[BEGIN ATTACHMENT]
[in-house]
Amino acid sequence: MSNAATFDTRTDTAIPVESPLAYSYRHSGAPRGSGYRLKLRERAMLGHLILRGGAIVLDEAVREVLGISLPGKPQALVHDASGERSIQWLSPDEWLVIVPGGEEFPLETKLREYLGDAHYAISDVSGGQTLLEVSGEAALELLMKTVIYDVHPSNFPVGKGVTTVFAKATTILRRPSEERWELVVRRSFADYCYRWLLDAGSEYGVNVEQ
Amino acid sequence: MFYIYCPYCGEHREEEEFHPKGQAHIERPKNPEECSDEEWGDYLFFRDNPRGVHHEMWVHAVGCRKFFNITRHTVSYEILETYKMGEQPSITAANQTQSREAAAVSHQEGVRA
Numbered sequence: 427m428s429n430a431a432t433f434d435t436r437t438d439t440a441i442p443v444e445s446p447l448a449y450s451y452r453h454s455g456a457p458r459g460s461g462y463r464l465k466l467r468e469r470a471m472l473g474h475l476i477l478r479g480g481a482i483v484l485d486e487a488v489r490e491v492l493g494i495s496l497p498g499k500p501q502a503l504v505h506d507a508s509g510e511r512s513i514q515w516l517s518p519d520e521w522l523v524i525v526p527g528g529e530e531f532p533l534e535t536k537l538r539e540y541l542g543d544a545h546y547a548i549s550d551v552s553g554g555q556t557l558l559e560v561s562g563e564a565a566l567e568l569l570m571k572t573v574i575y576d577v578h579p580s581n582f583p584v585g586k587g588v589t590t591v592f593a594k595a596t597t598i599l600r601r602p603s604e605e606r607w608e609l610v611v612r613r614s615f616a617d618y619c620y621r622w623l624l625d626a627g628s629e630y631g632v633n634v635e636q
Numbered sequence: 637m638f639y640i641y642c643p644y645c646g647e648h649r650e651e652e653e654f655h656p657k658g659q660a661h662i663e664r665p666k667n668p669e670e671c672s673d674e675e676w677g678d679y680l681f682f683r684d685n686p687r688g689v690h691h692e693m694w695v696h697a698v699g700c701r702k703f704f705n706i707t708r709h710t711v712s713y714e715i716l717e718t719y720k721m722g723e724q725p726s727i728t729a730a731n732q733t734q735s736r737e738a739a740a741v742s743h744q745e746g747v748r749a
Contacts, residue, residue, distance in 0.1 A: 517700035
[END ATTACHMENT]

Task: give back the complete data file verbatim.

[in-house]
Amino acid sequence: MSNAATFDTRTDTAIPVESPLAYSYRHSGAPRGSGYRLKLRERAMLGHLILRGGAIVLDEAVREVLGISLPGKPQALVHDASGERSIQWLSPDEWLVIVPGGEEFPLETKLREYLGDAHYAISDVSGGQTLLEVSGEAALELLMKTVIYDVHPSNFPVGKGVTTVFAKATTILRRPSEERWELVVRRSFADYCYRWLLDAGSEYGVNVEQ
Amino acid sequence: MFYIYCPYCGEHREEEEFHPKGQAHIERPKNPEECSDEEWGDYLFFRDNPRGVHHEMWVHAVGCRKFFNITRHTVSYEILETYKMGEQPSITAANQTQSREAAAVSHQEGVRA
Numbered sequence: 427m428s429n430a431a432t433f434d435t436r437t438d439t440a441i442p443v444e445s446p447l448a449y450s451y452r453h454s455g456a457p458r459g460s461g462y463r464l465k466l467r468e469r470a471m472l473g474h475l476i477l478r479g480g481a482i483v484l485d486e487a488v489r490e491v492l493g494i495s496l497p498g499k500p501q502a503l504v505h506d507a508s509g510e511r512s513i514q515w516l517s518p519d520e521w522l523v524i525v526p527g528g529e530e531f532p533l534e535t536k537l538r539e540y541l542g543d544a545h546y547a548i549s550d551v552s553g554g555q556t557l558l559e560v561s562g563e564a565a566l567e568l569l570m571k572t573v574i575y576d577v578h579p580s581n582f583p584v585g586k587g588v589t590t591v592f593a594k595a596t597t598i599l600r601r602p603s604e605e606r607w608e609l610v611v612r613r614s615f616a617d618y619c620y621r622w623l624l625d626a627g628s629e630y631g632v633n634v635e636q
Numbered sequence: 637m638f639y640i641y642c643p644y645c646g647e648h649r650e651e652e653e654f655h656p657k658g659q660a661h662i663e664r665p666k667n668p669e670e671c672s673d674e675e676w677g678d679y680l681f682f683r684d685n686p687r688g689v690h691h692e693m694w695v696h697a698v699g700c701r702k703f704f705n706i707t708r709h710t711v712s713y714e715i716l717e718t719y720k721m722g723e724q725p726s727i728t729a730a731n732q733t734q735s736r737e738a739a740a741v742s743h744q745e746g747v748r749a
Contacts, residue, residue, distance in 0.1 A: 517700035